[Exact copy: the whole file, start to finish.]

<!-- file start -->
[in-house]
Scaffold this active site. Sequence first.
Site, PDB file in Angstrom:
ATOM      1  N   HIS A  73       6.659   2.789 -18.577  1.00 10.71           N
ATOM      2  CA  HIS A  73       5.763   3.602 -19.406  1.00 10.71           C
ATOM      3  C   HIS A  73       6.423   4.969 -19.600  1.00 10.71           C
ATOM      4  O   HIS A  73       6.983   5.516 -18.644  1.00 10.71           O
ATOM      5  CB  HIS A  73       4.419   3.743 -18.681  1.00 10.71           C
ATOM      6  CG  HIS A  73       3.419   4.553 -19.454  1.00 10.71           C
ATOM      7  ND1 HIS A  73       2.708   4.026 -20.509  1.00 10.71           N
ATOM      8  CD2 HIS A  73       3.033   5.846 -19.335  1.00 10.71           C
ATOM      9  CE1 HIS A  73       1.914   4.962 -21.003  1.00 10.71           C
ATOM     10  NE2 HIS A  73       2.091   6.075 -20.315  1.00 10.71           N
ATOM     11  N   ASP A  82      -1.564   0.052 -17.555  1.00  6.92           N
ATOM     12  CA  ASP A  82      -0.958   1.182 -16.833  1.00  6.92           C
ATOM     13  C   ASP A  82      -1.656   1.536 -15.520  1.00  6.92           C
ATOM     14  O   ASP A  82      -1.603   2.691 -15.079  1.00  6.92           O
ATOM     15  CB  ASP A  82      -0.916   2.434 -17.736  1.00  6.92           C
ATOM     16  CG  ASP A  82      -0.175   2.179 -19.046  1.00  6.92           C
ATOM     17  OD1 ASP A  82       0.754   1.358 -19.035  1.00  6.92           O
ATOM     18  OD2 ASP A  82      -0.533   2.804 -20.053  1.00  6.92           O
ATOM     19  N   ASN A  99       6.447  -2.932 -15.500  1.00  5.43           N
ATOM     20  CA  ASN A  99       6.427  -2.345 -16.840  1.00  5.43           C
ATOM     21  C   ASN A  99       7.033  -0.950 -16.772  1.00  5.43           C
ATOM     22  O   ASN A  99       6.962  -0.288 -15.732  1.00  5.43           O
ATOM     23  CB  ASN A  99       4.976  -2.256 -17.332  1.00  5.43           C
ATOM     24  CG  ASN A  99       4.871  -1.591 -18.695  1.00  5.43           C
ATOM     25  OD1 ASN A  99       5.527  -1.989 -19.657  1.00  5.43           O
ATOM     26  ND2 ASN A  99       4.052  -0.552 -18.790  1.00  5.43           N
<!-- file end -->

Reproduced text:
[in-house]
Scaffold this active site. Sequence first.
Site, PDB file in Angstrom:
ATOM      1  N   HIS A  73       6.659   2.789 -18.577  1.00 10.71           N
ATOM      2  CA  HIS A  73       5.763   3.602 -19.406  1.00 10.71           C
ATOM      3  C   HIS A  73       6.423   4.969 -19.600  1.00 10.71           C
ATOM      4  O   HIS A  73       6.983   5.516 -18.644  1.00 10.71           O
ATOM      5  CB  HIS A  73       4.419   3.743 -18.681  1.00 10.71           C
ATOM      6  CG  HIS A  73       3.419   4.553 -19.454  1.00 10.71           C
ATOM      7  ND1 HIS A  73       2.708   4.026 -20.509  1.00 10.71           N
ATOM      8  CD2 HIS A  73       3.033   5.846 -19.335  1.00 10.71           C
ATOM      9  CE1 HIS A  73       1.914   4.962 -21.003  1.00 10.71           C
ATOM     10  NE2 HIS A  73       2.091   6.075 -20.315  1.00 10.71           N
ATOM     11  N   ASP A  82      -1.564   0.052 -17.555  1.00  6.92           N
ATOM     12  CA  ASP A  82      -0.958   1.182 -16.833  1.00  6.92           C
ATOM     13  C   ASP A  82      -1.656   1.536 -15.520  1.00  6.92           C
ATOM     14  O   ASP A  82      -1.603   2.691 -15.079  1.00  6.92           O
ATOM     15  CB  ASP A  82      -0.916   2.434 -17.736  1.00  6.92           C
ATOM     16  CG  ASP A  82      -0.175   2.179 -19.046  1.00  6.92           C
ATOM     17  OD1 ASP A  82       0.754   1.358 -19.035  1.00  6.92           O
ATOM     18  OD2 ASP A  82      -0.533   2.804 -20.053  1.00  6.92           O
ATOM     19  N   ASN A  99       6.447  -2.932 -15.500  1.00  5.43           N
ATOM     20  CA  ASN A  99       6.427  -2.345 -16.840  1.00  5.43           C
ATOM     21  C   ASN A  99       7.033  -0.950 -16.772  1.00  5.43           C
ATOM     22  O   ASN A  99       6.962  -0.288 -15.732  1.00  5.43           O
ATOM     23  CB  ASN A  99       4.976  -2.256 -17.332  1.00  5.43           C
ATOM     24  CG  ASN A  99       4.871  -1.591 -18.695  1.00  5.43           C
ATOM     25  OD1 ASN A  99       5.527  -1.989 -19.657  1.00  5.43           O
ATOM     26  ND2 ASN A  99       4.052  -0.552 -18.790  1.00  5.43           N